We got a raw deal from Halo. Where there should have been wonder there has been disappointment. Where there should have been one of the greatest PC games of all time, there has been a moderately entertaining shooter.
You might recall that there was a time before the Xbox, a time when Halo seemed like the savior of FPS gaming on the PC: beautiful, vehicular space-war with burning energy weapons, roaring vehicles, proudly chromed aliens, all wrapped up within a mysterious ring-world sci-fi mythology. We were so excited, so sure that this would lead us into perfected escapism.
Seven years later and we’re slumped at our PC wishing this game would go away. Halo 2 is a lazy port of a less-than-perfect sequel to an FPS that was pretty good on a console and only average on a PC. Oh, how the hyped have fallen.
Let’s break it down. Firstly and most fundamentally Halo 2 doesn’t deliver fights with the promised pizazz. Shooting people, which constitutes 100% of Halo 2’s game, struggles to satisfy from the start. The AI of both enemies and allies is solid and reliable, but hardly as inventive as that in Half-Life 2 or F.E.A.R. The weapons are all agonizingly similar, and none of them require much skill to master. They’re either splash-damage monstrosities, or designed to spit loads of damage over a wide angle. Point in roughly the right direction and you’re going to win (perhaps do some weird floaty jumping to avoid hostile fire).
The same is true of the enemies who are fighting you: by the end of the game it’s a case of ordnance-spam attrition. Can you pump out more grenades and rockets in the first few moments of the fight than your enemy? Good, then you’ll reach the next checkpoint. It’s boring. Halo 2’s fighting is soulless and tiresomely predictable. It’s boring like cleaning your house is boring. Pick up some shoes, wash the dishes, bazooka the conveyor-belt of linear monsters. Halo 2 has no puzzles that we can recall, no notable physics events, a handful of interesting scripted scenes and no memorable emergent glories at all. It is repetitious shooting that leaves us feeling, at best, sad and unfulfilled.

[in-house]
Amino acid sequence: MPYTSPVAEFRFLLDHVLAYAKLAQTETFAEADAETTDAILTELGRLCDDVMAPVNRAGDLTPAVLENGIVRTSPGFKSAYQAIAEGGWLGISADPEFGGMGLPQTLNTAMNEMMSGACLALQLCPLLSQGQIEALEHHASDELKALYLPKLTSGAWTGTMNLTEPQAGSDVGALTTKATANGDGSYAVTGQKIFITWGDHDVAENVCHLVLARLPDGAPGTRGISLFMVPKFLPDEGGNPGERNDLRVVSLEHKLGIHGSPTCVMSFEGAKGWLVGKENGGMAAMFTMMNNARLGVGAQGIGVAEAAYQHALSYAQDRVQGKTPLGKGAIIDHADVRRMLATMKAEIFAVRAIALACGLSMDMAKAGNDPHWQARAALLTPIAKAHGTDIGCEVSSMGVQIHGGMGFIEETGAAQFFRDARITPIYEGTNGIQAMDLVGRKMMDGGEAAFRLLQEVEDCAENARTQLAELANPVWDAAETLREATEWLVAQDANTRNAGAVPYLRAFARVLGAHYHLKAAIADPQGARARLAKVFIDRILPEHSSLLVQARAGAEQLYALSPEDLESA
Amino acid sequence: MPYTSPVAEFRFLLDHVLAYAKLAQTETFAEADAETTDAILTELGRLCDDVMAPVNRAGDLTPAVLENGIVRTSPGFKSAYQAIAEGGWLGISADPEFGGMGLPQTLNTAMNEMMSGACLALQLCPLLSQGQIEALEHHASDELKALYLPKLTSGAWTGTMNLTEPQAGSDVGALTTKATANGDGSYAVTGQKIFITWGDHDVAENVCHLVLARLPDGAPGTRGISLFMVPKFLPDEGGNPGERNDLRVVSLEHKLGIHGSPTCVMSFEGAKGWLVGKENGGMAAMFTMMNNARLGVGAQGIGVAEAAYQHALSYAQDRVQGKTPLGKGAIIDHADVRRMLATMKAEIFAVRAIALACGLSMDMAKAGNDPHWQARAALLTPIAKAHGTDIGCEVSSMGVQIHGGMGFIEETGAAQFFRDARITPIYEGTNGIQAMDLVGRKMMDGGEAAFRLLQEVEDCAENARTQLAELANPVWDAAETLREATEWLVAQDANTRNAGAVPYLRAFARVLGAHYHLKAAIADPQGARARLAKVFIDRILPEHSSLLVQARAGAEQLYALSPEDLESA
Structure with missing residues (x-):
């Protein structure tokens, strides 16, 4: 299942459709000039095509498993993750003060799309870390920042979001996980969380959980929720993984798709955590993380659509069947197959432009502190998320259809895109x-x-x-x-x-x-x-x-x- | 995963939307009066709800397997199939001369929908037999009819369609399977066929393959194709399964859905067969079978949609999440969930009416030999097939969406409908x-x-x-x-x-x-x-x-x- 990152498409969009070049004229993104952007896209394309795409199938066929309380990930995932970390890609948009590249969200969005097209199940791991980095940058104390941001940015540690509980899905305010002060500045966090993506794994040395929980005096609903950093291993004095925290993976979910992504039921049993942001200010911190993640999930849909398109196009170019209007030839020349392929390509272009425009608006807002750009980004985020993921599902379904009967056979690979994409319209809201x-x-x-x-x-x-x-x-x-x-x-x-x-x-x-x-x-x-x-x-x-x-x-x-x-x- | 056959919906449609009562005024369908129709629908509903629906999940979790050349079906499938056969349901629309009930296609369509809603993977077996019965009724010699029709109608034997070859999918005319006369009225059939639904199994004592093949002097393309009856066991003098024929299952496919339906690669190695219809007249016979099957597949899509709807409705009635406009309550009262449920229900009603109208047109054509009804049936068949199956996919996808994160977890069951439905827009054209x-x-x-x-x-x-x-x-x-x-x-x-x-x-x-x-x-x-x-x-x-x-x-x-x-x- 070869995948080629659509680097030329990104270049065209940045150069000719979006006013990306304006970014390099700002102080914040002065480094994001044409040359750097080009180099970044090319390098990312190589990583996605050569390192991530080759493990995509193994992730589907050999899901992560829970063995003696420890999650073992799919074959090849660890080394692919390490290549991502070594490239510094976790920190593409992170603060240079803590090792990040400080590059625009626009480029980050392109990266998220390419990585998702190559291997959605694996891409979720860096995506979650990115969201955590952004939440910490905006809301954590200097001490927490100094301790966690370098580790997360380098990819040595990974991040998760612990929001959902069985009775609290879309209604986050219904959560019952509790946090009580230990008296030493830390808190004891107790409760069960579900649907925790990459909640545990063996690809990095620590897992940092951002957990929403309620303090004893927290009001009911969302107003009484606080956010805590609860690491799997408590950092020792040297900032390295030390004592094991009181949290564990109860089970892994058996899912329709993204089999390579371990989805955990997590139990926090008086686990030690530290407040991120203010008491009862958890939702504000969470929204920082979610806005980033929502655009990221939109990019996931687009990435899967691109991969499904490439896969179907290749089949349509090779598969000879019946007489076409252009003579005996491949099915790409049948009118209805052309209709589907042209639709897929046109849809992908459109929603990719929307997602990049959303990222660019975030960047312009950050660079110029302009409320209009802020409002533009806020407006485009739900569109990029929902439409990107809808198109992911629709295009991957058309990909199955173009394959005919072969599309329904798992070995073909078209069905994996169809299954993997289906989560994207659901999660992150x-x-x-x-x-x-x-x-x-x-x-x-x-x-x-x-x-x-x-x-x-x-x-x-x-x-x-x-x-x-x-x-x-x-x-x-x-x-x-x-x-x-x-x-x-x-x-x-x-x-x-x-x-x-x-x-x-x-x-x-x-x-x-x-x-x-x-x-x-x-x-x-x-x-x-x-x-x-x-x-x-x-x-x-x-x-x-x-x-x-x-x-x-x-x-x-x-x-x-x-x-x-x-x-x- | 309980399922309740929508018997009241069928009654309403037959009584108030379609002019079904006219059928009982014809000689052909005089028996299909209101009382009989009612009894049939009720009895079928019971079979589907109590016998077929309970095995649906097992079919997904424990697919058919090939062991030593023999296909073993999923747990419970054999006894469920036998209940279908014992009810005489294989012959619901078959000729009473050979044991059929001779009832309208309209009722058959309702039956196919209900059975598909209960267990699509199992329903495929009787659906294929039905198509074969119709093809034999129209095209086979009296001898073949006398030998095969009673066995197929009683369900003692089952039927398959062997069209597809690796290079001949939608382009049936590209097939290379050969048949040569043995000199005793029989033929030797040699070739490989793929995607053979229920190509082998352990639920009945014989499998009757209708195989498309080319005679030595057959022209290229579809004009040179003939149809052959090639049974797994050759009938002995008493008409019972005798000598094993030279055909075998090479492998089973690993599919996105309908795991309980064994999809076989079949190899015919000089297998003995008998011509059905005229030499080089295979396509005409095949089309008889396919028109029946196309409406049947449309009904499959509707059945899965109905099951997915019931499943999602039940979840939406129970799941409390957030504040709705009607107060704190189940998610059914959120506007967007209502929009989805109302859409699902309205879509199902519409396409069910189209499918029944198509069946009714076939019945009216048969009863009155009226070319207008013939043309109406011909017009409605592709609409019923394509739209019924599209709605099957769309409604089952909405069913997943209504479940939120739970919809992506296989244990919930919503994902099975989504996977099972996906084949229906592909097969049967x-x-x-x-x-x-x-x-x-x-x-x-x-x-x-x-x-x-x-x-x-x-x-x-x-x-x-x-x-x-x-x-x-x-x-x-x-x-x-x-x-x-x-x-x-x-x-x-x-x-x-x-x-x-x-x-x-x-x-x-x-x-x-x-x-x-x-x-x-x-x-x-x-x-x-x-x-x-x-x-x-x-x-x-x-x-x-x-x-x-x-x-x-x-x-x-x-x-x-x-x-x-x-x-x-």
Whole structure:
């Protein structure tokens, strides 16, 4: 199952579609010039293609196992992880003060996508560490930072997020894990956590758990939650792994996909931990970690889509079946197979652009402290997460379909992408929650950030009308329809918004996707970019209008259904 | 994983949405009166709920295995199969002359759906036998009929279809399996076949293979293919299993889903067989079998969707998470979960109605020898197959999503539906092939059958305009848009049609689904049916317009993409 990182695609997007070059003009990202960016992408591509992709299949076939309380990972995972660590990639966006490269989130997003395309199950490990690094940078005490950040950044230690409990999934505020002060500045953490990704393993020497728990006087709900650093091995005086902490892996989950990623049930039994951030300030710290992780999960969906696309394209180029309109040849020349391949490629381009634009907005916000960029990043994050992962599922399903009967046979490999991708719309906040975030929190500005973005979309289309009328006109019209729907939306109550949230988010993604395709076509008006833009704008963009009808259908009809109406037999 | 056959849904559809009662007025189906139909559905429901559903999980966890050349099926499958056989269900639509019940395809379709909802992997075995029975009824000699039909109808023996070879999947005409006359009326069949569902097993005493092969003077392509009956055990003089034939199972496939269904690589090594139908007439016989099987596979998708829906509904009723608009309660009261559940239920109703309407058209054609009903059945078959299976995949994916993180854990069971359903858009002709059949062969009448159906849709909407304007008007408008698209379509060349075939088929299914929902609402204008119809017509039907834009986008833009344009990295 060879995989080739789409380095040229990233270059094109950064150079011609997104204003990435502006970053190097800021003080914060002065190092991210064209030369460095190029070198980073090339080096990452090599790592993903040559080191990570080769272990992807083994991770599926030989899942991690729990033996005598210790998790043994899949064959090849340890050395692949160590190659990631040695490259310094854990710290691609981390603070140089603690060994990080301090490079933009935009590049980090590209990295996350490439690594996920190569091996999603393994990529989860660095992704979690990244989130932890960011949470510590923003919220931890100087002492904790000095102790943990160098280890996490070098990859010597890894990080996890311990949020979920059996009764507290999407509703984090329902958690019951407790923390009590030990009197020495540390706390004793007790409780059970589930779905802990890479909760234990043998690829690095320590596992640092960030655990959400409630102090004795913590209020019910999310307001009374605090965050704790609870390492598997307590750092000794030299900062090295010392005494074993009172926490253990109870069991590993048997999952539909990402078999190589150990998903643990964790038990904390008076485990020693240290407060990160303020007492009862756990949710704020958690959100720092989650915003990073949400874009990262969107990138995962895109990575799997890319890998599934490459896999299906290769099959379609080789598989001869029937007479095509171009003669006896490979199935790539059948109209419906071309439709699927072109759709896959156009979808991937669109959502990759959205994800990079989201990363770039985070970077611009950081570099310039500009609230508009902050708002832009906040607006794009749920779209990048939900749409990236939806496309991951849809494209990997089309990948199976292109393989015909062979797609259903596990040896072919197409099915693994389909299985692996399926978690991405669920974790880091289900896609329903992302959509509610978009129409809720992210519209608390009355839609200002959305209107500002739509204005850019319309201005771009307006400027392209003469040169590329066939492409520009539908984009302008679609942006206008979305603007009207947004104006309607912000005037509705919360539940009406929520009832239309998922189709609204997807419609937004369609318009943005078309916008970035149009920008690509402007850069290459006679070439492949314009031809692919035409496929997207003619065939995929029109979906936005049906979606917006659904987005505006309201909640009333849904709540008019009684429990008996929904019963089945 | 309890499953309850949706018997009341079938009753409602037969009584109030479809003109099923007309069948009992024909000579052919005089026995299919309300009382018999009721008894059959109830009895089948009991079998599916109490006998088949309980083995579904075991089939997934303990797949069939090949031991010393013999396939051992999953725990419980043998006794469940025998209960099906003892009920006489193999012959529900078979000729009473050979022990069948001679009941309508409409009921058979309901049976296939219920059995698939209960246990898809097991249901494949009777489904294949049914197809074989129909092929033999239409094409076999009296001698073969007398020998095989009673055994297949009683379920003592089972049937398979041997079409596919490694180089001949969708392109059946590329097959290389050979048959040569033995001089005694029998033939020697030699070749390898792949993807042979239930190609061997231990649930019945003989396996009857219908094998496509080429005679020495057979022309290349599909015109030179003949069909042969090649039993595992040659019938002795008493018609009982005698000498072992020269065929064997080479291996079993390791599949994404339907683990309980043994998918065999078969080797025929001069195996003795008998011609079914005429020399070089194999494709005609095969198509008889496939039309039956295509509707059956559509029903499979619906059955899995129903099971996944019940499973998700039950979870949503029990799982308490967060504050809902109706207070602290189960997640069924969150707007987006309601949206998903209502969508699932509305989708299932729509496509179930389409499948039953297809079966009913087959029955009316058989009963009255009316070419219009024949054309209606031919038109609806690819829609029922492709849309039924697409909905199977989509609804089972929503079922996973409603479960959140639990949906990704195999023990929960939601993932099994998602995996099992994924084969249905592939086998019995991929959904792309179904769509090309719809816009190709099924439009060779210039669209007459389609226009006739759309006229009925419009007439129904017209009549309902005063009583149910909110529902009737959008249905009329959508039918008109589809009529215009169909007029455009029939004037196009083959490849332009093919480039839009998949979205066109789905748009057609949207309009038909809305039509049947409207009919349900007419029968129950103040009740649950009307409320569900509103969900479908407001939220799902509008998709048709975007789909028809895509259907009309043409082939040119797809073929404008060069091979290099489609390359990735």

These problems are amplified by the overall pacing. It starts out competently, with a punchy opening sequence, but soon it stumbles, occasionally picking itself up and looking around, clueless and dazed. There are long, absent-minded pauses, as if the game forgot to make anything happen. It happens again and again - moments pass... weren’t we supposed to be saving the human race? The vehicle-based levels are the worst culprits. These are huge open maps where you can find yourself wandering on foot if your Warthog jeep (now destructible) gets exploded. We found ourselves simply driving through a couple of the later vehicle levels, just to get past their tedious, lingering exchanges of ammo. The AI seems to assume that we’ll stick around to fight it, and had no real plan for us just driving on through.
Fighting through the last two hours is painful, like hard math where you have to show your work. We couldn’t enjoy it, and began to feel ill.
Think we’re done with bitching? We’ve got more: there’s the overall level design and visual drabness. This is an old first-generation Xbox game. It looked unexceptional back then, but these days no amount of upped resolutions and anti-aliasing is going to save it from a case of the grey-walled uglies. Crap textures, made worse by lack of artistry and lack of computational palette, make Halo 2 hypnotically uninteresting.